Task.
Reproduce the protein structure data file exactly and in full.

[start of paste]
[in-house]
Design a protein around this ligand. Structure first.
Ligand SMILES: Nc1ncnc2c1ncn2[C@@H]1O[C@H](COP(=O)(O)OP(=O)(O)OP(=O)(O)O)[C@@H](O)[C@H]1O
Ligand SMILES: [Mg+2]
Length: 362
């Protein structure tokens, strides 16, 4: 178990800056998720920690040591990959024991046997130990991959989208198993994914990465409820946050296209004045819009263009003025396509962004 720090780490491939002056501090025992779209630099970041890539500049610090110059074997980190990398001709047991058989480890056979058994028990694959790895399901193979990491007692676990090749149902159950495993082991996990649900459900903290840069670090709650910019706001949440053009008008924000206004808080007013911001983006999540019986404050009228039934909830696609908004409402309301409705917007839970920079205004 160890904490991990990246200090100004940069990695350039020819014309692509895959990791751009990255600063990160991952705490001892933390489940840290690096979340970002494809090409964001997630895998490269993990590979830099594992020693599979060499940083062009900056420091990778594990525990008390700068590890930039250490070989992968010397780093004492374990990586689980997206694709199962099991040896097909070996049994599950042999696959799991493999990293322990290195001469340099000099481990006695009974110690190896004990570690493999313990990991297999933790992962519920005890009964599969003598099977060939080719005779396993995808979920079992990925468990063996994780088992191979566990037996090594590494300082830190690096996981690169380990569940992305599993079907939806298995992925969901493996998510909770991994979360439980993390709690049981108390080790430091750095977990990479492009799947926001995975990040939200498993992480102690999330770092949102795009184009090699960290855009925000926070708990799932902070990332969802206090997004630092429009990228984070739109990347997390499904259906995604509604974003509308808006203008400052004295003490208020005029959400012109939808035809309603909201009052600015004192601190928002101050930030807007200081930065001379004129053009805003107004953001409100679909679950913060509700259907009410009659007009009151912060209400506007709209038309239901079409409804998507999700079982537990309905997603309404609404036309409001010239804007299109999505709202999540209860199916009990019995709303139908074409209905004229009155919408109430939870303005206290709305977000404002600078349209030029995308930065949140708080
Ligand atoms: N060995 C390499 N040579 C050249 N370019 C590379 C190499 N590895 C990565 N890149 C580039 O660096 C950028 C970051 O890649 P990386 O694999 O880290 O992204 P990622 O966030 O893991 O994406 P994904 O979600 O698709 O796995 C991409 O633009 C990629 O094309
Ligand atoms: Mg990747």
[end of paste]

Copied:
[in-house]
Design a protein around this ligand. Structure first.
Ligand SMILES: Nc1ncnc2c1ncn2[C@@H]1O[C@H](COP(=O)(O)OP(=O)(O)OP(=O)(O)O)[C@@H](O)[C@H]1O
Ligand SMILES: [Mg+2]
Length: 362
């Protein structure tokens, strides 16, 4: 178990800056998720920690040591990959024991046997130990991959989208198993994914990465409820946050296209004045819009263009003025396509962004 720090780490491939002056501090025992779209630099970041890539500049610090110059074997980190990398001709047991058989480890056979058994028990694959790895399901193979990491007692676990090749149902159950495993082991996990649900459900903290840069670090709650910019706001949440053009008008924000206004808080007013911001983006999540019986404050009228039934909830696609908004409402309301409705917007839970920079205004 160890904490991990990246200090100004940069990695350039020819014309692509895959990791751009990255600063990160991952705490001892933390489940840290690096979340970002494809090409964001997630895998490269993990590979830099594992020693599979060499940083062009900056420091990778594990525990008390700068590890930039250490070989992968010397780093004492374990990586689980997206694709199962099991040896097909070996049994599950042999696959799991493999990293322990290195001469340099000099481990006695009974110690190896004990570690493999313990990991297999933790992962519920005890009964599969003598099977060939080719005779396993995808979920079992990925468990063996994780088992191979566990037996090594590494300082830190690096996981690169380990569940992305599993079907939806298995992925969901493996998510909770991994979360439980993390709690049981108390080790430091750095977990990479492009799947926001995975990040939200498993992480102690999330770092949102795009184009090699960290855009925000926070708990799932902070990332969802206090997004630092429009990228984070739109990347997390499904259906995604509604974003509308808006203008400052004295003490208020005029959400012109939808035809309603909201009052600015004192601190928002101050930030807007200081930065001379004129053009805003107004953001409100679909679950913060509700259907009410009659007009009151912060209400506007709209038309239901079409409804998507999700079982537990309905997603309404609404036309409001010239804007299109999505709202999540209860199916009990019995709303139908074409209905004229009155919408109430939870303005206290709305977000404002600078349209030029995308930065949140708080
Ligand atoms: N060995 C390499 N040579 C050249 N370019 C590379 C190499 N590895 C990565 N890149 C580039 O660096 C950028 C970051 O890649 P990386 O694999 O880290 O992204 P990622 O966030 O893991 O994406 P994904 O979600 O698709 O796995 C991409 O633009 C990629 O094309
Ligand atoms: Mg990747």